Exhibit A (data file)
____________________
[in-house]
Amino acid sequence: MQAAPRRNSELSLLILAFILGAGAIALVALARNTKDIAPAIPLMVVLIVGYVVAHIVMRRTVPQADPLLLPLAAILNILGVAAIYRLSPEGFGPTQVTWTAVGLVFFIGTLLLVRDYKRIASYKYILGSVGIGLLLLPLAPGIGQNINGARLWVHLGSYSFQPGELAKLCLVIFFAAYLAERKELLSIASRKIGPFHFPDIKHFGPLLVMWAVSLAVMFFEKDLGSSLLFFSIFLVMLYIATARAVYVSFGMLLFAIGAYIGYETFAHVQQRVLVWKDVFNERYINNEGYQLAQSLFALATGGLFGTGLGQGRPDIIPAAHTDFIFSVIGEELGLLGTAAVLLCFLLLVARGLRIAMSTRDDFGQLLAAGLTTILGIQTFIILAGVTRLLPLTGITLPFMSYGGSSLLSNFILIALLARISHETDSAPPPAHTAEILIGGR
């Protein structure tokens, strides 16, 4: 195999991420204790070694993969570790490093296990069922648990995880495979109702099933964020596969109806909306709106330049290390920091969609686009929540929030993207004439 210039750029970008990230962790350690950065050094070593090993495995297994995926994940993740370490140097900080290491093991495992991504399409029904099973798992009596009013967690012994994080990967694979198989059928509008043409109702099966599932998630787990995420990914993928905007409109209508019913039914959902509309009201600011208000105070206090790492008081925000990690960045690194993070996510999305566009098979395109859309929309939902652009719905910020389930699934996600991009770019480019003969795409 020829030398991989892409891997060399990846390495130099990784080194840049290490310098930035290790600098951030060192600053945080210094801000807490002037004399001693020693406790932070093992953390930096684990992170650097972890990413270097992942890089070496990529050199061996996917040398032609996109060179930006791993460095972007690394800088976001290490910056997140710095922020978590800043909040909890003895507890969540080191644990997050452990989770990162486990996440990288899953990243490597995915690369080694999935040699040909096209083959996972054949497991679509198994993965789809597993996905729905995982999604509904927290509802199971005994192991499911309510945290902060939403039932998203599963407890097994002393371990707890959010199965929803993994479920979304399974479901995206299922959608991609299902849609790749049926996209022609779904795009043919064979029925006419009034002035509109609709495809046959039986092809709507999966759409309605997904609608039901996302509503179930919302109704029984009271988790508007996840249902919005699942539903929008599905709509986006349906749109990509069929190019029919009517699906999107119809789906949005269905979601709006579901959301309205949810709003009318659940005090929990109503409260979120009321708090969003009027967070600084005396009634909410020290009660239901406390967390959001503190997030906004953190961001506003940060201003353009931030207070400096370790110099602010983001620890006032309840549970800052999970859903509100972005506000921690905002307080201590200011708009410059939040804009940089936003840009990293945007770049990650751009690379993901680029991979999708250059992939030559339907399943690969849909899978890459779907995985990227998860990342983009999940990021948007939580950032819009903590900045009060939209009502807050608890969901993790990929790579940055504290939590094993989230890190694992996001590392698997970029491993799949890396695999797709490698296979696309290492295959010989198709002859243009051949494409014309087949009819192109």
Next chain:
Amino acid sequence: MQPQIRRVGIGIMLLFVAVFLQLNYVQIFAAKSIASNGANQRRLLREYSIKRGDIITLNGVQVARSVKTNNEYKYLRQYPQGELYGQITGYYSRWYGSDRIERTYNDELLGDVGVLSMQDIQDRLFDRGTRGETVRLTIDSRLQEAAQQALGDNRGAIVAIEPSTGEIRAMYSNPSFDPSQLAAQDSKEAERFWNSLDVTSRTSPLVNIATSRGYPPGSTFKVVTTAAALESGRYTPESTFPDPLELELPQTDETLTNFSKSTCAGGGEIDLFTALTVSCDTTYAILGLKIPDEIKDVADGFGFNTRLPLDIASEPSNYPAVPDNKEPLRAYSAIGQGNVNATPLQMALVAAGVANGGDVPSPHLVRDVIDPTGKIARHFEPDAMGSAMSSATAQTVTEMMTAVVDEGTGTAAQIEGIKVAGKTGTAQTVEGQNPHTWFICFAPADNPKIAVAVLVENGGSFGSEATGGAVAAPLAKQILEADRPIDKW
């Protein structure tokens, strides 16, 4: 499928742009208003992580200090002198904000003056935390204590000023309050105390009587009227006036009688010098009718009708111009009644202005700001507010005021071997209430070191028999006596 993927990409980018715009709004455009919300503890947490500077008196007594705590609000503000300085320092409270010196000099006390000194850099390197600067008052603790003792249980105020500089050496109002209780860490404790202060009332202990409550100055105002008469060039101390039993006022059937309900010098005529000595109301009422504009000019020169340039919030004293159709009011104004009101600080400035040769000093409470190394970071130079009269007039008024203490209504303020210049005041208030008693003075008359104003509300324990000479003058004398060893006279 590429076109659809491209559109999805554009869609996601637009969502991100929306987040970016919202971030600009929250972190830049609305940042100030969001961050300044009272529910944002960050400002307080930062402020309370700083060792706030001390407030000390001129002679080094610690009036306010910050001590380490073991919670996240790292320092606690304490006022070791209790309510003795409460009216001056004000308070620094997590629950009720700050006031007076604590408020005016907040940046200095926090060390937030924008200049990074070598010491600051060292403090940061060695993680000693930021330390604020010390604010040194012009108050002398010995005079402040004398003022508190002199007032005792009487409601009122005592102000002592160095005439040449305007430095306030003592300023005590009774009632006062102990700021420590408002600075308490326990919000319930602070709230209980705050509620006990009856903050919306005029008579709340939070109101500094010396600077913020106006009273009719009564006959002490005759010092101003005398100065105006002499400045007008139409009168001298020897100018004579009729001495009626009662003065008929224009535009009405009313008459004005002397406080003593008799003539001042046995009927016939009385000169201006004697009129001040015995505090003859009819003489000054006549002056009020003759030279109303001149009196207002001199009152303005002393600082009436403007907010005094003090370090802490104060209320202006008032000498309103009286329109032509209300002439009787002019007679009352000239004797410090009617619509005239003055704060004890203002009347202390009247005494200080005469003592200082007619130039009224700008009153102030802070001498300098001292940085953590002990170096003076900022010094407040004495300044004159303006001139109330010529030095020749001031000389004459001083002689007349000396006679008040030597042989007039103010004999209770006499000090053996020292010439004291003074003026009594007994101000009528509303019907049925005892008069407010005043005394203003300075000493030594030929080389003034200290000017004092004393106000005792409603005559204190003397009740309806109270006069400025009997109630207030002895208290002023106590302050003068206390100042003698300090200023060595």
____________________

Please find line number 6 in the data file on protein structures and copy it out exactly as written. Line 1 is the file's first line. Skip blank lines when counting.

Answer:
């Protein structure tokens, strides 16, 4: 499928742009208003992580200090002198904000003056935390204590000023309050105390009587009227006036009688010098009718009708111009009644202005700001507010005021071997209430070191028999006596 993927990409980018715009709004455009919300503890947490500077008196007594705590609000503000300085320092409270010196000099006390000194850099390197600067008052603790003792249980105020500089050496109002209780860490404790202060009332202990409550100055105002008469060039101390039993006022059937309900010098005529000595109301009422504009000019020169340039919030004293159709009011104004009101600080400035040769000093409470190394970071130079009269007039008024203490209504303020210049005041208030008693003075008359104003509300324990000479003058004398060893006279 590429076109659809491209559109999805554009869609996601637009969502991100929306987040970016919202971030600009929250972190830049609305940042100030969001961050300044009272529910944002960050400002307080930062402020309370700083060792706030001390407030000390001129002679080094610690009036306010910050001590380490073991919670996240790292320092606690304490006022070791209790309510003795409460009216001056004000308070620094997590629950009720700050006031007076604590408020005016907040940046200095926090060390937030924008200049990074070598010491600051060292403090940061060695993680000693930021330390604020010390604010040194012009108050002398010995005079402040004398003022508190002199007032005792009487409601009122005592102000002592160095005439040449305007430095306030003592300023005590009774009632006062102990700021420590408002600075308490326990919000319930602070709230209980705050509620006990009856903050919306005029008579709340939070109101500094010396600077913020106006009273009719009564006959002490005759010092101003005398100065105006002499400045007008139409009168001298020897100018004579009729001495009626009662003065008929224009535009009405009313008459004005002397406080003593008799003539001042046995009927016939009385000169201006004697009129001040015995505090003859009819003489000054006549002056009020003759030279109303001149009196207002001199009152303005002393600082009436403007907010005094003090370090802490104060209320202006008032000498309103009286329109032509209300002439009787002019007679009352000239004797410090009617619509005239003055704060004890203002009347202390009247005494200080005469003592200082007619130039009224700008009153102030802070001498300098001292940085953590002990170096003076900022010094407040004495300044004159303006001139109330010529030095020749001031000389004459001083002689007349000396006679008040030597042989007039103010004999209770006499000090053996020292010439004291003074003026009594007994101000009528509303019907049925005892008069407010005043005394203003300075000493030594030929080389003034200290000017004092004393106000005792409603005559204190003397009740309806109270006069400025009997109630207030002895208290002023106590302050003068206390100042003698300090200023060595």